Nourishing herbal infusions are an amazing help at this time of year. Fill your handy quart jar with an ounce (weigh it, at least until you feel comfortable eyeballing it. Yes, it’s a lot.) of dried Nettle leaf, Oatstraw, Linden leaf and flower, Red Raspberry leaf, or Red Clover flowers. Other herbs are great for tea, but you would only use about a tablespoon of dried herb per quart of water with most herbs, never a whole ounce. Pour a quart of freshly boiled, clean water in a circular motion over the leaves, so that they all get evenly moistened. Put a cover on (it can be the lid to the jar, but the cooling liquid will contract, which may re-seal the lid. A small plate works, too) and wait 4-8 hours.

Then strain the rich liquid through a strainer and drink a cup at a time, keeping the rest in the fridge for up to three days. If you want to warm it up, put just as much as you will drink immediately into a small sauce pan over a low flame. Swirl the pan to stir, and take it off the flame as soon as you see steam rising from the surface. Don’t let it boil, or even simmer! If you want to sweeten it with honey, please add that AFTER you warm it, as cooking honey causes a chemical change which turns it from a healing, nourishing, protective substance to a toxin! Infusions of these particular herbs are nutritional powerhouses, just swimming with perfectly bio-available vitamins, minerals and enzymes that you had no idea you were missing but will be very glad to have!

Finally, keep moving. It’s easy to say it’s too dark/cold/windy to go out, but you’ll be setting yourself up for a rough row to hoe. Go for a walk at lunchtime. Bundle the children up (if they’ll let you. Teach them to listen to their bodies about temperature regulation, and then trust their instincts. But carry a sweater in each child’s size. To build your upper body strength, you understand.) and get out to the park! Collect colorful leaves and seed pods just for the sheer wonder of it. When it rains, or when you can’t get out, stretch, dance and breathe deeply right where you are.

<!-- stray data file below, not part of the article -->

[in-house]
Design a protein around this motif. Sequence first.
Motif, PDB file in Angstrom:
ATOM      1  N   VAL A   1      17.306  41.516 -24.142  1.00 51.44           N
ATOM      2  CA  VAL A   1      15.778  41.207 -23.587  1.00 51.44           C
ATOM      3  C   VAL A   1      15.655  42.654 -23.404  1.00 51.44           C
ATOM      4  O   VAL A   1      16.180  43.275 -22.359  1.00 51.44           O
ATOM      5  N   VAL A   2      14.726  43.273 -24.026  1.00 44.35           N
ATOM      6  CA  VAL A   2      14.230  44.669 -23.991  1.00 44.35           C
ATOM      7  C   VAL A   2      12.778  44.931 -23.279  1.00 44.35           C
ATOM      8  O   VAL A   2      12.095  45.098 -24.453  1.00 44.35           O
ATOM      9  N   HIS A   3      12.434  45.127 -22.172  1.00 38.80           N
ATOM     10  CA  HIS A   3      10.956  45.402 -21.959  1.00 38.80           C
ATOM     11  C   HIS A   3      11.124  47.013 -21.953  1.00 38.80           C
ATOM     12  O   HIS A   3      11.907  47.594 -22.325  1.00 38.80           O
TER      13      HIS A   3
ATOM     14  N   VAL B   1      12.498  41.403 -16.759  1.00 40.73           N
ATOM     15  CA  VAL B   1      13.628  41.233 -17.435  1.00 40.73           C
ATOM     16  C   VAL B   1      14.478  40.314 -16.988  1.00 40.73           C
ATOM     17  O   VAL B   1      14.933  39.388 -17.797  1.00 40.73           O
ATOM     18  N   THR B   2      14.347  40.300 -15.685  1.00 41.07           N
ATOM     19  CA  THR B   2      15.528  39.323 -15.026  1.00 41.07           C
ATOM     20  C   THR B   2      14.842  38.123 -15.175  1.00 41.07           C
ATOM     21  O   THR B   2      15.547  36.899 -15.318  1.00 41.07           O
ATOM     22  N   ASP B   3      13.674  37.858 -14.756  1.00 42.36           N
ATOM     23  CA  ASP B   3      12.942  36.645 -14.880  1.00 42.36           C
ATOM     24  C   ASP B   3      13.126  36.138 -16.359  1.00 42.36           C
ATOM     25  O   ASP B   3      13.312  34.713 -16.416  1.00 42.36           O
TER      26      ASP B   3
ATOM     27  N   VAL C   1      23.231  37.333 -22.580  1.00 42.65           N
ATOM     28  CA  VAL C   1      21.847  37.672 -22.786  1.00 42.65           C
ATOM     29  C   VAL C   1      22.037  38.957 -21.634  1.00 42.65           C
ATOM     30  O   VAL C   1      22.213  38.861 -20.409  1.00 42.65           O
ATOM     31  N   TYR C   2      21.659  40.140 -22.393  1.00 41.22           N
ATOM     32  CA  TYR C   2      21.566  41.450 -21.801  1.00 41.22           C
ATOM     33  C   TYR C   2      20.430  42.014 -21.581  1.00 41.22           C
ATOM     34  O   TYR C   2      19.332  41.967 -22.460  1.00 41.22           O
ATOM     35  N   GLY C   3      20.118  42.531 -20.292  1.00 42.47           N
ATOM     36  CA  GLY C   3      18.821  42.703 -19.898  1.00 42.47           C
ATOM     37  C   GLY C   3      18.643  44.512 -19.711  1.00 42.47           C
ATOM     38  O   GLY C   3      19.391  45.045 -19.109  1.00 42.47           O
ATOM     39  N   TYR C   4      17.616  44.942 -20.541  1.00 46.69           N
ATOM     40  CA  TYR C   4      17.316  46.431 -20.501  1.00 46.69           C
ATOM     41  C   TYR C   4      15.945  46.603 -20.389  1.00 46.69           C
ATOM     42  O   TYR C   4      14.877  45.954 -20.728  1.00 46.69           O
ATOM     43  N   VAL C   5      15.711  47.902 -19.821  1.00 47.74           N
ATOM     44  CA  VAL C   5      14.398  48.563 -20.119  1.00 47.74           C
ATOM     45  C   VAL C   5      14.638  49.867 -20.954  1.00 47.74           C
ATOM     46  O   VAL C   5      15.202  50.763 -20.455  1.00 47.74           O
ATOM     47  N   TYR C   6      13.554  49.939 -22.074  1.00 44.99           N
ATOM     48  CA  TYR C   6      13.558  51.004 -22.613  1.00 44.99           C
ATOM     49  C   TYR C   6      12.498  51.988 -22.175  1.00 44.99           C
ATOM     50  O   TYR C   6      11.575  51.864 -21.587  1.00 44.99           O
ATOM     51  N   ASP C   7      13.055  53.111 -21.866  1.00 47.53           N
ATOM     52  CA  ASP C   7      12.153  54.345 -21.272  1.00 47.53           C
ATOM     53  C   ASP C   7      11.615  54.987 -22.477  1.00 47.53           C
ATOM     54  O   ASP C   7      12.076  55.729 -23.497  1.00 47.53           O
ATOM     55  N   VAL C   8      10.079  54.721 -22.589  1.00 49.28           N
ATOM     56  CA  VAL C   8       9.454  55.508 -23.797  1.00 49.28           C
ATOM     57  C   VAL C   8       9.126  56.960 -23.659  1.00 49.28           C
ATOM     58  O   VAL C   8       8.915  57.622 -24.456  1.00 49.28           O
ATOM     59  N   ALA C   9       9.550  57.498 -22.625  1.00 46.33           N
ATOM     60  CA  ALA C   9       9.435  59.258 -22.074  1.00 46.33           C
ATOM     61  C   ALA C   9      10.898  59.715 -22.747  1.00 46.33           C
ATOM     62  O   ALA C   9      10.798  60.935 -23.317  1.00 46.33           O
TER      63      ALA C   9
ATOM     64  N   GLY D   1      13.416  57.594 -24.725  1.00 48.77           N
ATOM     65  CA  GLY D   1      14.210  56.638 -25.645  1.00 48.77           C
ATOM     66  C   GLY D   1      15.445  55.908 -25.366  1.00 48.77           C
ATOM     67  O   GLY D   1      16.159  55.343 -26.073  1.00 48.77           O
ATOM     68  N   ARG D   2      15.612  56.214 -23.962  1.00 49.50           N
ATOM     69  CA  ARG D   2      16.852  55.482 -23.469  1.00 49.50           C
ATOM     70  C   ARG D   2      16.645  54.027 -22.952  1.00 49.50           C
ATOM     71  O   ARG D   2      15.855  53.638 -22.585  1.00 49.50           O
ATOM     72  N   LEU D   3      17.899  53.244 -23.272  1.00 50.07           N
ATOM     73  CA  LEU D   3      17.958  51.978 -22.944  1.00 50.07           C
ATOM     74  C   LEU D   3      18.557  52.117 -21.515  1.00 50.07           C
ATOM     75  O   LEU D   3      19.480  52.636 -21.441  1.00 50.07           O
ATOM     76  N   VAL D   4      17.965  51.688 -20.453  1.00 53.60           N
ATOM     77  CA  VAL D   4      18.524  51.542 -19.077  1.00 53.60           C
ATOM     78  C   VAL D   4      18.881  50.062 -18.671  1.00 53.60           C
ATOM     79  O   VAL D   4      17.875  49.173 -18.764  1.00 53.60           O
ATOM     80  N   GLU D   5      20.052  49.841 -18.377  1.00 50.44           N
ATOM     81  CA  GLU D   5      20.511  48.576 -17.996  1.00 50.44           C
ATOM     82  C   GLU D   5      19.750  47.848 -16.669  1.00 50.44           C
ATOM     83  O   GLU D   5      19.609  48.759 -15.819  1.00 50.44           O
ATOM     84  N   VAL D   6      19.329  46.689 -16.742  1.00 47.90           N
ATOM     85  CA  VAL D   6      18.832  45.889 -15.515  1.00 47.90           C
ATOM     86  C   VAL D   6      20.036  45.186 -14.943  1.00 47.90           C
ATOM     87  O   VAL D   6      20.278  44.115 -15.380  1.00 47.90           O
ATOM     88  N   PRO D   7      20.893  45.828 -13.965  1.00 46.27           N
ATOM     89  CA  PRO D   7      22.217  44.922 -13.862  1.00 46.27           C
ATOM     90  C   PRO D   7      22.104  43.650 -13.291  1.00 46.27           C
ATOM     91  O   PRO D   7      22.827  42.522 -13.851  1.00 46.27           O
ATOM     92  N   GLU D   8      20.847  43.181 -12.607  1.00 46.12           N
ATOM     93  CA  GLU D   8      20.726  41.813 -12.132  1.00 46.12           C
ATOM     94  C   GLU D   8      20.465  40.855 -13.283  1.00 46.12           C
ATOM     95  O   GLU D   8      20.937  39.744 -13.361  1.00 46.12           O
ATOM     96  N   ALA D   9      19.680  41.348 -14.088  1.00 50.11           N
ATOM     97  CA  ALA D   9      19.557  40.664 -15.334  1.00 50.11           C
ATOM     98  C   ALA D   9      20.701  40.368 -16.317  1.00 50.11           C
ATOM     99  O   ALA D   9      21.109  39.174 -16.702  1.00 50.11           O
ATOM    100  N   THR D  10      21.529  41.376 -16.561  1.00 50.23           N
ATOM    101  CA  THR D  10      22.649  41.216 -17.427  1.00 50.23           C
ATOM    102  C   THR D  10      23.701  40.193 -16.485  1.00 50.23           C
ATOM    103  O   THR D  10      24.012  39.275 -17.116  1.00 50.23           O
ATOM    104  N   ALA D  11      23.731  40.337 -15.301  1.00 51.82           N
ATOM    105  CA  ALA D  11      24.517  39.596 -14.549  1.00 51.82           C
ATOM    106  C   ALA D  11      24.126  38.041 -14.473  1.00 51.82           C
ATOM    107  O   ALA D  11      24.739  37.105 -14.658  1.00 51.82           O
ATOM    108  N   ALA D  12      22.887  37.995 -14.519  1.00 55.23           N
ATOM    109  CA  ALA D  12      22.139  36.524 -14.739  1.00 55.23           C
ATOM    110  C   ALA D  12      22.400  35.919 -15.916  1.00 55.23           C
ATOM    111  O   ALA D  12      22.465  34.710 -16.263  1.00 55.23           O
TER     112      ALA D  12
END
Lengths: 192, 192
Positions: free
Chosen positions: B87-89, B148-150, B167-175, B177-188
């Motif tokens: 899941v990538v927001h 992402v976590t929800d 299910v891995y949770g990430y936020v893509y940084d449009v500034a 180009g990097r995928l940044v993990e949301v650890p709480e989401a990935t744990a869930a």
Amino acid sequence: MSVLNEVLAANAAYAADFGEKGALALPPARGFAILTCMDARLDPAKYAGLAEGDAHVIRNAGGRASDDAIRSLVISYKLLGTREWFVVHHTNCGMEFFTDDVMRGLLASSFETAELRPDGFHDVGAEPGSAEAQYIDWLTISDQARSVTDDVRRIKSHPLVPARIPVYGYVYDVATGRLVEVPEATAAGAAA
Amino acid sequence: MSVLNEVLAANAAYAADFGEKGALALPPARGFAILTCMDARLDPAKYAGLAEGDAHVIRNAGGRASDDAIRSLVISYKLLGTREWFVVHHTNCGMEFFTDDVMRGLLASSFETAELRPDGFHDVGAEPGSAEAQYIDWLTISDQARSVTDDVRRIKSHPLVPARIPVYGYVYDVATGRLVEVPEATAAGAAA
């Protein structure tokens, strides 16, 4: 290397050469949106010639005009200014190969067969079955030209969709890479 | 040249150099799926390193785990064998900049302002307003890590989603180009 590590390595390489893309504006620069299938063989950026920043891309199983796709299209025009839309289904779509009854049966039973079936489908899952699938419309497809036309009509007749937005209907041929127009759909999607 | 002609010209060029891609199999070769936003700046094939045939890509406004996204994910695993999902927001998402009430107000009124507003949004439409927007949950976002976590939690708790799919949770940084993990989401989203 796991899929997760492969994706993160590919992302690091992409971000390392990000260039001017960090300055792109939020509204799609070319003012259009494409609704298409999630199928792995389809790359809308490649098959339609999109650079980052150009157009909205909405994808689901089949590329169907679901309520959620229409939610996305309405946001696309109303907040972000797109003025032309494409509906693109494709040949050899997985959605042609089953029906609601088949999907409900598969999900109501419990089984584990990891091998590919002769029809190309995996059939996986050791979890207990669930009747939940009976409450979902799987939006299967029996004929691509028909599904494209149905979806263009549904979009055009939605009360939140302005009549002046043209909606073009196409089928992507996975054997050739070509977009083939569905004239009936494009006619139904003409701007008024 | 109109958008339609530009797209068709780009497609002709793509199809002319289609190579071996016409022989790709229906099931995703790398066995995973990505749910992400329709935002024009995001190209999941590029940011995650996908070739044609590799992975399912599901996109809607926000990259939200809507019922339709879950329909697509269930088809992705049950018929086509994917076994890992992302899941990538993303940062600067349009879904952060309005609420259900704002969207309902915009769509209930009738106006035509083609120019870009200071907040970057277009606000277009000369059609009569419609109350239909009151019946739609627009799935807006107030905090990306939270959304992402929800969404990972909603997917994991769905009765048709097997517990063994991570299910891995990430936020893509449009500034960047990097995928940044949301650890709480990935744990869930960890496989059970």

With these simple steps and careful attention to the needs of your unique and beautiful self, you can enjoy an energized, clear journey through Autumn. Please share what works for you, and how you’re handling the challenges that arise in the comments below! And if you’re really feeling stuck, please reach out using the contact form and I’ll be very happy to work with you to help you navigate. Staying in balance in an ever shifting world is tricky, but well worth the effort!

This Post Has 2 Comments

  1. I love fall! This is soup and sweater season (my crock pot is my friend) and being out among the colors is the most joyful time of year for me. A favorite stew of mine and perfect for vegans or vegetarians is adzuki beans and pumpkin squash. Let that simmer for hours, add a little miso and warm your tummy come evening.

    1. Oh yum! That sounds amazing!